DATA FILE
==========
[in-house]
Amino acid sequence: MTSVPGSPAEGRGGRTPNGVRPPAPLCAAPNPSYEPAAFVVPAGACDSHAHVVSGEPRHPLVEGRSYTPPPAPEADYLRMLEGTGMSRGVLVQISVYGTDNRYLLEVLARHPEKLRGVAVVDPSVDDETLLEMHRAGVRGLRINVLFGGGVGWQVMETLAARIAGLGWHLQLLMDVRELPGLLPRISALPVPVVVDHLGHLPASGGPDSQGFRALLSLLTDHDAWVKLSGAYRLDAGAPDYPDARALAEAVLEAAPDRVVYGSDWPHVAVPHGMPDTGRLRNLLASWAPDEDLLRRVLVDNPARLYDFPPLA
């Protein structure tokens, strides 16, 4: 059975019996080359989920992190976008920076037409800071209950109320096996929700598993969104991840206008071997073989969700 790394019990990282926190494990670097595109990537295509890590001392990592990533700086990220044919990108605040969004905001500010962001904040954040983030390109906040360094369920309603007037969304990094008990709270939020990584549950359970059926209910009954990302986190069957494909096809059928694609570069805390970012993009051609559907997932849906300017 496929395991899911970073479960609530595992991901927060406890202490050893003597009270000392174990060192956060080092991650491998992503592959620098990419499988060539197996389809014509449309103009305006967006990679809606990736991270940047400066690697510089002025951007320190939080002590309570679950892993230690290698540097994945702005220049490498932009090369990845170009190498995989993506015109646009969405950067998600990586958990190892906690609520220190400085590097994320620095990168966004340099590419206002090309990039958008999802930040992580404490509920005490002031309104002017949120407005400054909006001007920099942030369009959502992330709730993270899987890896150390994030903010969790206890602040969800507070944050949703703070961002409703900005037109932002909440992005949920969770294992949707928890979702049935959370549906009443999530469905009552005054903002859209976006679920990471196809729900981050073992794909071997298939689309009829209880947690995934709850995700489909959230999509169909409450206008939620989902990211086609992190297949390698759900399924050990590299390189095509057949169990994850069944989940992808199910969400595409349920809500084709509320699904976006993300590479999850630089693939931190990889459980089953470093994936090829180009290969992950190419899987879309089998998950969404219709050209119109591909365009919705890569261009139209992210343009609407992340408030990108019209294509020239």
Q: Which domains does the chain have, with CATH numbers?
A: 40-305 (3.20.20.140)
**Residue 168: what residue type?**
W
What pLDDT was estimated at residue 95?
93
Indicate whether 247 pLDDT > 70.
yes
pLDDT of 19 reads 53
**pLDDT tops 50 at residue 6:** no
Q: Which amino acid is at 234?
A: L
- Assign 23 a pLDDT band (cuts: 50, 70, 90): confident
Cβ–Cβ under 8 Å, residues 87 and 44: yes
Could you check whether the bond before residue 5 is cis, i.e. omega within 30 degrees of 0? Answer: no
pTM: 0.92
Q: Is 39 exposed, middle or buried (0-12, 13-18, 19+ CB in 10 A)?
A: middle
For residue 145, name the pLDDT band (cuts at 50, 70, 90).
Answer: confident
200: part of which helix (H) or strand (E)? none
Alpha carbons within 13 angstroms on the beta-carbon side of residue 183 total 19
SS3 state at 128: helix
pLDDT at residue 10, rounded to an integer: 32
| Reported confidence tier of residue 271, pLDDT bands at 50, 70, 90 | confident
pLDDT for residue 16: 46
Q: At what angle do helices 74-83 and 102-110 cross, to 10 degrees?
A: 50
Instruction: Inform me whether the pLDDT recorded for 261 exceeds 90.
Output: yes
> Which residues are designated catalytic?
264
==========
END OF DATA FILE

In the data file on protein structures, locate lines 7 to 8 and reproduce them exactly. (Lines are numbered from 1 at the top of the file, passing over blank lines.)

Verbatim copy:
W
What pLDDT was estimated at residue 95?